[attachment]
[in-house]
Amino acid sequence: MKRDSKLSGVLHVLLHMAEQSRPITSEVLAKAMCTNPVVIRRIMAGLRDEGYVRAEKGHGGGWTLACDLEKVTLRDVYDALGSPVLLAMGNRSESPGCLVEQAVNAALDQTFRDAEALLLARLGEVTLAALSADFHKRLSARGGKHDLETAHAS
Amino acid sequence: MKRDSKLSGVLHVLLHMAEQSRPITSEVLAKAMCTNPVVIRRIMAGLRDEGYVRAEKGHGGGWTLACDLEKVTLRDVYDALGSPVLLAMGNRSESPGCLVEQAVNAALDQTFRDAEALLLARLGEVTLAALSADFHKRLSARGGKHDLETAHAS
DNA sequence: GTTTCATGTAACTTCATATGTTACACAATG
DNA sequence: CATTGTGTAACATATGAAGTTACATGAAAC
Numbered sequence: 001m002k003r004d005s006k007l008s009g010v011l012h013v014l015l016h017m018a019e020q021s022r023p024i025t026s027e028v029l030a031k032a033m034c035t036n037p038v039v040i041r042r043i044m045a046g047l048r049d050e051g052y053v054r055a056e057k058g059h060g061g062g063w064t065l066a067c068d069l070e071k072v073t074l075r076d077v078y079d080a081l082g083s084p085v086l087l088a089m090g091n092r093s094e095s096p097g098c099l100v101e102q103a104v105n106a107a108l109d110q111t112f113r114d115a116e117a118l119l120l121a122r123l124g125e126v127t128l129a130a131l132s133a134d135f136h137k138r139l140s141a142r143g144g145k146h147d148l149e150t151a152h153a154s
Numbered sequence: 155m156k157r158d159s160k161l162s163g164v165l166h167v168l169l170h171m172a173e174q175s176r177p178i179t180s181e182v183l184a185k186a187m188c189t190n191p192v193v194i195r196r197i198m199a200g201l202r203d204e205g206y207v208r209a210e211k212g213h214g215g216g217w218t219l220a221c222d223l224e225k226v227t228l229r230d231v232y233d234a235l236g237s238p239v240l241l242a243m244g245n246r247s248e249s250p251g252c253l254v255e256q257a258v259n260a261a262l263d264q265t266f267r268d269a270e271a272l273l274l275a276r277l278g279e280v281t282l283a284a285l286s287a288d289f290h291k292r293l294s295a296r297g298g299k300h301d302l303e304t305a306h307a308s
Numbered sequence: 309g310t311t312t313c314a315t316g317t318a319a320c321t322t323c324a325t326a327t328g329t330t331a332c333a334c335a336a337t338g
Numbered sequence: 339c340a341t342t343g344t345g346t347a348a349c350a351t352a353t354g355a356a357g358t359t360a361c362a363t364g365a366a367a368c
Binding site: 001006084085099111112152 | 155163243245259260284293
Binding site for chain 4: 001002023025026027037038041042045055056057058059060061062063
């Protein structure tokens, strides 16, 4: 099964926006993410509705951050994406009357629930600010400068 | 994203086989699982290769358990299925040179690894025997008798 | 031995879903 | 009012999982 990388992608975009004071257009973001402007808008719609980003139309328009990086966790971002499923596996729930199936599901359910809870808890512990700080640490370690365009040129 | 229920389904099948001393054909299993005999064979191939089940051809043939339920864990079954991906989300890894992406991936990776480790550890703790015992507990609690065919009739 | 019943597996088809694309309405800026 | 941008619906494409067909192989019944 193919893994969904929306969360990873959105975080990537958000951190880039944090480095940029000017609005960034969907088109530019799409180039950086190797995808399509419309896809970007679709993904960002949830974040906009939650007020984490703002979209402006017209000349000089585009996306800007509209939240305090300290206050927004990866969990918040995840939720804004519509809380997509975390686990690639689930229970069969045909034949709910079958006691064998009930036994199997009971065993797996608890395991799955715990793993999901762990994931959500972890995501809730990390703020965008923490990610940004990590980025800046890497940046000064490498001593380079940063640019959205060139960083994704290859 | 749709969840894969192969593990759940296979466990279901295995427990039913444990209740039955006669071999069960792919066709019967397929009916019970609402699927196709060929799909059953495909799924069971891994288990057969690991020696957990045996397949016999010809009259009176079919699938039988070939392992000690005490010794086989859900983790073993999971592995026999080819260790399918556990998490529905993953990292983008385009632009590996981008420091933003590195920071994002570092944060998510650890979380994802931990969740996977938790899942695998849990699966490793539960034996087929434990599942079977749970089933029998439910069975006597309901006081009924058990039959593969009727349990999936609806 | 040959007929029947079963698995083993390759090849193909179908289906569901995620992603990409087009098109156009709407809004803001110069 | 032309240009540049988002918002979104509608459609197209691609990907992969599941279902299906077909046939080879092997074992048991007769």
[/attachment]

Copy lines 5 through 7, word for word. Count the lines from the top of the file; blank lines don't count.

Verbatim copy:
DNA sequence: CATTGTGTAACATATGAAGTTACATGAAAC
Numbered sequence: 001m002k003r004d005s006k007l008s009g010v011l012h013v014l015l016h017m018a019e020q021s022r023p024i025t026s027e028v029l030a031k032a033m034c035t036n037p038v039v040i041r042r043i044m045a046g047l048r049d050e051g052y053v054r055a056e057k058g059h060g061g062g063w064t065l066a067c068d069l070e071k072v073t074l075r076d077v078y079d080a081l082g083s084p085v086l087l088a089m090g091n092r093s094e095s096p097g098c099l100v101e102q103a104v105n106a107a108l109d110q111t112f113r114d115a116e117a118l119l120l121a122r123l124g125e126v127t128l129a130a131l132s133a134d135f136h137k138r139l140s141a142r143g144g145k146h147d148l149e150t151a152h153a154s
Numbered sequence: 155m156k157r158d159s160k161l162s163g164v165l166h167v168l169l170h171m172a173e174q175s176r177p178i179t180s181e182v183l184a185k186a187m188c189t190n191p192v193v194i195r196r197i198m199a200g201l202r203d204e205g206y207v208r209a210e211k212g213h214g215g216g217w218t219l220a221c222d223l224e225k226v227t228l229r230d231v232y233d234a235l236g237s238p239v240l241l242a243m244g245n246r247s248e249s250p251g252c253l254v255e256q257a258v259n260a261a262l263d264q265t266f267r268d269a270e271a272l273l274l275a276r277l278g279e280v281t282l283a284a285l286s287a288d289f290h291k292r293l294s295a296r297g298g299k300h301d302l303e304t305a306h307a308s